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Zarqawi steps up Iraq carnage
Paul Garwood in Baghdad | May 19, 2005 11:37 IST
The meeting, prompted by Al-Zarqawi's anger over a lull in terror strikes, led to the spike in violence that has left hundreds dead -- including an Iraqi general killed in a driveby shooting Wednesday -- the military official said.
Al-Zarqawi "wasn't happy with how the insurgency was going. The government was getting stronger and coalition forces not being defeated," the official said, according to accounts of the briefing, which was given on the condition that he not be named.
The Syrian meeting has led to one of the bloodiest periods since the US-led invasion two years ago. Nearly 500 people have been killed since the country's new Shia-dominated government was announced April 28.
Several Shia and Sunni Muslim clerics were among the victims, raising fears that sectarian tensions could ignite a civil war.
A chilling, rambling Internet audiotape purportedly made by Al-Zarqawi denounced Iraq's Shias as US collaborators and said killing them is justified.
"God ordered us to attack the infidels by all means ... even if armed infidels and unintended victims -- women and children -- are killed together," the speaker said. The tape could not immediately be authenticated.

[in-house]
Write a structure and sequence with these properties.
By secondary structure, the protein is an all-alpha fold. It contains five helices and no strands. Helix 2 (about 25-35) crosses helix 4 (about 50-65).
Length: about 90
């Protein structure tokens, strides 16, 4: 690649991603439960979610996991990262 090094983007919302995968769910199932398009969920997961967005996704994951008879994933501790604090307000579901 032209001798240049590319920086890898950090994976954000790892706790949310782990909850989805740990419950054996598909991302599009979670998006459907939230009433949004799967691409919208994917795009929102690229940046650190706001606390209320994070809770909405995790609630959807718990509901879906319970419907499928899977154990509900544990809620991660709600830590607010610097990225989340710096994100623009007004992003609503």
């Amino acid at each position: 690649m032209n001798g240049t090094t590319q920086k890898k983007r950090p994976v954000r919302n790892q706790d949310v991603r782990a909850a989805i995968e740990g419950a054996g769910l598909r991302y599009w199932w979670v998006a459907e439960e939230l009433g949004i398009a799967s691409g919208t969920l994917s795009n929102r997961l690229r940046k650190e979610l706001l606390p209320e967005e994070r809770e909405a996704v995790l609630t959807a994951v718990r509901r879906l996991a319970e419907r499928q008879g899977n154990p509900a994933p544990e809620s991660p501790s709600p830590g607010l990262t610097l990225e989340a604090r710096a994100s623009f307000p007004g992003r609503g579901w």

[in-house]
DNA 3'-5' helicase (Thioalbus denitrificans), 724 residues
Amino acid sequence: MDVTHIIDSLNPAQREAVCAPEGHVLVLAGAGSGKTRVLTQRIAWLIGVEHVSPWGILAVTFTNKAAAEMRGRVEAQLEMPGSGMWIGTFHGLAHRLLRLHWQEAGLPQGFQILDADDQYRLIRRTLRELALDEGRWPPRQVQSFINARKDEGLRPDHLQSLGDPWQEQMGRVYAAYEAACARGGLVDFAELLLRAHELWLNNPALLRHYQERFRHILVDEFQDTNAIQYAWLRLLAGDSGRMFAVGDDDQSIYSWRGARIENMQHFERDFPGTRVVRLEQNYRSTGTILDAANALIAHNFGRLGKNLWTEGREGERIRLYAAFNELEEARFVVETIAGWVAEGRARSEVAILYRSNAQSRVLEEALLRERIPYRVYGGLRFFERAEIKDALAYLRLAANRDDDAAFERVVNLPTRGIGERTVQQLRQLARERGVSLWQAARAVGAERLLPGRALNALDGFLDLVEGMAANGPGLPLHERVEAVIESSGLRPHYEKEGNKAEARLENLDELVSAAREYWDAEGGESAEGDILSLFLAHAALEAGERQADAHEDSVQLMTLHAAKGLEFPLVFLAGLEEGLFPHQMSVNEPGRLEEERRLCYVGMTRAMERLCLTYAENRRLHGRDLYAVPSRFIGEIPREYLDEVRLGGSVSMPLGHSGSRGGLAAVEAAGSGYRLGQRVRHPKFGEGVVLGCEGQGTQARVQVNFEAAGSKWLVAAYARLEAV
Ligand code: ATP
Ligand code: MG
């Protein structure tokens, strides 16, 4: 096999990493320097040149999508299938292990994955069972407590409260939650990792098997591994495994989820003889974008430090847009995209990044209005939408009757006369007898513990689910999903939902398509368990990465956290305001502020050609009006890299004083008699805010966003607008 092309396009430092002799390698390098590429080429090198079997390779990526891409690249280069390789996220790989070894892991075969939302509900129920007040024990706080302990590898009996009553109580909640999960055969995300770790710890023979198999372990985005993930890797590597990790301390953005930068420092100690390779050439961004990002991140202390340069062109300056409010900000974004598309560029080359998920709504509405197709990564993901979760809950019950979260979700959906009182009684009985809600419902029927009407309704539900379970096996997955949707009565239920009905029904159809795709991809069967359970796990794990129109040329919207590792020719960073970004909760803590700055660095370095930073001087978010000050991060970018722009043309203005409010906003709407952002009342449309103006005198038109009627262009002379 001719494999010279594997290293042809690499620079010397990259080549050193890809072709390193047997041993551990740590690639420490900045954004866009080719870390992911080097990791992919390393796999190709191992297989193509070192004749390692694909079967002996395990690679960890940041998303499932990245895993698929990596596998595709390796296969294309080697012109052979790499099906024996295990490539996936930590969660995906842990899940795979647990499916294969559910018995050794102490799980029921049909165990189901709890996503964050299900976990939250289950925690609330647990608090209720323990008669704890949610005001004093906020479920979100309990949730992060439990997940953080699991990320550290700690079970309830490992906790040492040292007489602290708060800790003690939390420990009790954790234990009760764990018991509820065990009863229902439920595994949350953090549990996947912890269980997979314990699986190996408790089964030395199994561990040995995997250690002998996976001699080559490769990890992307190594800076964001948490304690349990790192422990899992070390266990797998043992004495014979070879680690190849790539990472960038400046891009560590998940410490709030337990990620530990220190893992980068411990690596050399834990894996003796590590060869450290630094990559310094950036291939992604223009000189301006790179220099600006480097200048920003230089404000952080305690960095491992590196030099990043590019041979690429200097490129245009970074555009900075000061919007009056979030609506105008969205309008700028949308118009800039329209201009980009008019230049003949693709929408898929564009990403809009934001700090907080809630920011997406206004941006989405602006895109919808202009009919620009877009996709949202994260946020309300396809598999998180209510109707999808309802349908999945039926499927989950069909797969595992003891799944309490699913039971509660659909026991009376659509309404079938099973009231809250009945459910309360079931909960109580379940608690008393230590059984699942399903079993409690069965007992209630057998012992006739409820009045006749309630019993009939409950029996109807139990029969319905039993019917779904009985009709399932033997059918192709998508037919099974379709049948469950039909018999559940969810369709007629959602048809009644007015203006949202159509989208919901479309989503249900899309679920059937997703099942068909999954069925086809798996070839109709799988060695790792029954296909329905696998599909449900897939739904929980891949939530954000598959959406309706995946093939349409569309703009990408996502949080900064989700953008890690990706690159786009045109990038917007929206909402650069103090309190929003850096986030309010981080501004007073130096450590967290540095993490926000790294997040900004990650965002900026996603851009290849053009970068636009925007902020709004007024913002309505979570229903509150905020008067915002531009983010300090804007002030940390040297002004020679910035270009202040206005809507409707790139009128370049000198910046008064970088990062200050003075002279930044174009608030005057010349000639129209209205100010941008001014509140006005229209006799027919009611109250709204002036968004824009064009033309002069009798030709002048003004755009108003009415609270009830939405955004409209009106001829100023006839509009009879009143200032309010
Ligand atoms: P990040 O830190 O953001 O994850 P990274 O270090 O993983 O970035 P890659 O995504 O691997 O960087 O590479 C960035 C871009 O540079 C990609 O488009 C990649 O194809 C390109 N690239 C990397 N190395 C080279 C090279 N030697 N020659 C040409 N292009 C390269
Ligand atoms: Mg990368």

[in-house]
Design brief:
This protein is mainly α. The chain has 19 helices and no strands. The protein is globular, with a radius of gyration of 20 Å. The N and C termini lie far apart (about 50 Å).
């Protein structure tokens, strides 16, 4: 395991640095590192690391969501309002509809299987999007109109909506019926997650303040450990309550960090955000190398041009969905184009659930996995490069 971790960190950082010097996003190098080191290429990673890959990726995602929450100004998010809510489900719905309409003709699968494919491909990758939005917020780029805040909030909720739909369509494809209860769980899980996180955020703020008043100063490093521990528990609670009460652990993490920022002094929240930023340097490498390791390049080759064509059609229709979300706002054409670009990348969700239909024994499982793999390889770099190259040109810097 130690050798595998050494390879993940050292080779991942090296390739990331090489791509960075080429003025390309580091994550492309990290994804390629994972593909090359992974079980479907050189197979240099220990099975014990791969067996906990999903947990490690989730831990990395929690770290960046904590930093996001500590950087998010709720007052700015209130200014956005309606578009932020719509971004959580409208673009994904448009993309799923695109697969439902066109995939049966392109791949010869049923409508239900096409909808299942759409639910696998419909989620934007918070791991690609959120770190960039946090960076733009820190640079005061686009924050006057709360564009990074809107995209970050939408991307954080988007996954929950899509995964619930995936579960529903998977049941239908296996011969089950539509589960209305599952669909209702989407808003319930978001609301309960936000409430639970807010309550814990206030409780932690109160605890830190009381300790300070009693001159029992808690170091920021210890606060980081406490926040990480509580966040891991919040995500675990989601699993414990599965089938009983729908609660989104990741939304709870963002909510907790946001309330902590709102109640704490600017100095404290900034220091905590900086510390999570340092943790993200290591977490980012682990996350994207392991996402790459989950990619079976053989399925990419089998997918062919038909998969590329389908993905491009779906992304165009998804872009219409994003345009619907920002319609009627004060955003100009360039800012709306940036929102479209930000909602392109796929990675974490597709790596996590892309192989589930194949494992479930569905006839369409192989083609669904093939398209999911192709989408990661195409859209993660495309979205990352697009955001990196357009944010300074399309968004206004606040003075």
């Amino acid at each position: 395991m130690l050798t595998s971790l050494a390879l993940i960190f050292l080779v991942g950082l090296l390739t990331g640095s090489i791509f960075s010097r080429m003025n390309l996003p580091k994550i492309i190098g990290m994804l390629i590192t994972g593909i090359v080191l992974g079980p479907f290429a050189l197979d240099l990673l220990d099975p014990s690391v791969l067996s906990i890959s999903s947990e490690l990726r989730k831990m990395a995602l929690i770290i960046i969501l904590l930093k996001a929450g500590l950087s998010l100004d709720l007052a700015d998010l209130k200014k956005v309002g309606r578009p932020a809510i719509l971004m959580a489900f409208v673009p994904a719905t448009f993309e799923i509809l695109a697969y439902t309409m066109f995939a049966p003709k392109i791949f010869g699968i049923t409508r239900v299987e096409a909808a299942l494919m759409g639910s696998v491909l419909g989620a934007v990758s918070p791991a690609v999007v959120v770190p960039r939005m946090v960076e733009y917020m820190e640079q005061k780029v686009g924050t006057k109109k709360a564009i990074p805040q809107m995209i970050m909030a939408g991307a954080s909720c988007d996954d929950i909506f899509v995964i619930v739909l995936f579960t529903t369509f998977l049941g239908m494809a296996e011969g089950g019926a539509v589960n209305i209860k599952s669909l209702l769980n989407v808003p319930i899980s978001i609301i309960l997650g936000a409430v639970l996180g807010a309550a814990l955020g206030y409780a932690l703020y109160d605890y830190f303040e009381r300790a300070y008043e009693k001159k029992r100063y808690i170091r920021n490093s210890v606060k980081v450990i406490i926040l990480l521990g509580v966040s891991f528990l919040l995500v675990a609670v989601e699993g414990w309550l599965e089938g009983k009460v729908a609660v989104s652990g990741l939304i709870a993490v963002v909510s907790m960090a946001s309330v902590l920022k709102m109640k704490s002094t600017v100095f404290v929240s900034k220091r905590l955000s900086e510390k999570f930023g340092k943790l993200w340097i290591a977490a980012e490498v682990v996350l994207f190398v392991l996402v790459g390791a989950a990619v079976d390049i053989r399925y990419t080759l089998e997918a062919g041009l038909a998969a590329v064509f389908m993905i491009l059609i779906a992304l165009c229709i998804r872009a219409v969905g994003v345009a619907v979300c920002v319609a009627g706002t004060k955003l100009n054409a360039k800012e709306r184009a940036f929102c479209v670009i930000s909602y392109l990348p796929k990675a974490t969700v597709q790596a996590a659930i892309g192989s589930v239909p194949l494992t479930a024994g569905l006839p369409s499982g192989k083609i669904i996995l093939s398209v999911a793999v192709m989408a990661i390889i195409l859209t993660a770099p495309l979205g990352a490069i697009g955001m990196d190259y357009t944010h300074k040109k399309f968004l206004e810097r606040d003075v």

The Syrian foreign and information ministries were unavailable for comment on the alleged terrorist gathering on their soil. Iraq's presidential adviser for security affairs, Gen. Wafiq al-Samarie, said he had "no information" about an Al-Zarqawi meeting in Syria.
In response to Al-Zarqawi's order, there have been 21 car bombings, mostly suicide attacks, in Baghdad during May, compared with 25 such attacks in all of 2004, said the senior military official. Nearly 130 car bombs have exploded or been defused since late February, he said.
"The spike [in violence] is a result of the meeting in Syria," the official said. "The folks are listening to what he said."
The disclosures followed comments made by Secretary of State Condoleezza Rice, who during a visit to Iraq on Sunday expressed concern about the "gathering of terrorist networks" in Syria.
Last weekend, US Marines wrapped up an offensive in northwestern Iraq, near the Syrian border, aimed at uprooting sanctuaries for foreign fighters who had crossed into the country.
Al-Zarqawi is Iraq's most-wanted terrorist, responsible for beheadings, assassinations and bombings. The US military has put a $25 million bounty on his head.
His terrorist group, Al-Qaeda in Iraq, also released a statement claiming responsibility for Wednesday's drive-by killing of police Brig. Gen. Ibrahim Khamas in Baghdad. Khamas' wife and driver were wounded, said police Col. Nouri Abdullah. The Internet statement's authenticity was unclear.